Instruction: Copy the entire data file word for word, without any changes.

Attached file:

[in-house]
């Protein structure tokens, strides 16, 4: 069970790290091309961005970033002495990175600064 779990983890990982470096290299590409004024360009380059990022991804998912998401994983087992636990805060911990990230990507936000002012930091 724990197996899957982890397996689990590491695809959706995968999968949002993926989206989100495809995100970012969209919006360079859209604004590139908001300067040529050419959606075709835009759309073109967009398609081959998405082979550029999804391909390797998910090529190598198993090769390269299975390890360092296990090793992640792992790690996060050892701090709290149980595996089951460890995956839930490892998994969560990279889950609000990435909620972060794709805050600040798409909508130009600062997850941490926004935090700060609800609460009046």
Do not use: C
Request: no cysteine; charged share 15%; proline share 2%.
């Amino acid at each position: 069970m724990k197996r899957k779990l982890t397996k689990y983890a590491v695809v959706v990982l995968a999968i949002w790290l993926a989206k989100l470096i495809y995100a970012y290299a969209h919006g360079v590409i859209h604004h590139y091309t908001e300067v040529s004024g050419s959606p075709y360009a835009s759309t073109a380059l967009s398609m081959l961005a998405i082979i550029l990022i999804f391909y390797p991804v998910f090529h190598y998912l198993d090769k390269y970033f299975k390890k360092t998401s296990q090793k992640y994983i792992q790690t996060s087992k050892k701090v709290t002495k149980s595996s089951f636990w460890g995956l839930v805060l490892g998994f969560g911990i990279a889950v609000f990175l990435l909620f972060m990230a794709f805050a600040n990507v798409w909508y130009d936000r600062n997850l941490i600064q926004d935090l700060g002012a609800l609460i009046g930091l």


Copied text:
[in-house]
């Protein structure tokens, strides 16, 4: 069970790290091309961005970033002495990175600064 779990983890990982470096290299590409004024360009380059990022991804998912998401994983087992636990805060911990990230990507936000002012930091 724990197996899957982890397996689990590491695809959706995968999968949002993926989206989100495809995100970012969209919006360079859209604004590139908001300067040529050419959606075709835009759309073109967009398609081959998405082979550029999804391909390797998910090529190598198993090769390269299975390890360092296990090793992640792992790690996060050892701090709290149980595996089951460890995956839930490892998994969560990279889950609000990435909620972060794709805050600040798409909508130009600062997850941490926004935090700060609800609460009046």
Do not use: C
Request: no cysteine; charged share 15%; proline share 2%.
């Amino acid at each position: 069970m724990k197996r899957k779990l982890t397996k689990y983890a590491v695809v959706v990982l995968a999968i949002w790290l993926a989206k989100l470096i495809y995100a970012y290299a969209h919006g360079v590409i859209h604004h590139y091309t908001e300067v040529s004024g050419s959606p075709y360009a835009s759309t073109a380059l967009s398609m081959l961005a998405i082979i550029l990022i999804f391909y390797p991804v998910f090529h190598y998912l198993d090769k390269y970033f299975k390890k360092t998401s296990q090793k992640y994983i792992q790690t996060s087992k050892k701090v709290t002495k149980s595996s089951f636990w460890g995956l839930v805060l490892g998994f969560g911990i990279a889950v609000f990175l990435l909620f972060m990230a794709f805050a600040n990507v798409w909508y130009d936000r600062n997850l941490i600064q926004d935090l700060g002012a609800l609460i009046g930091l």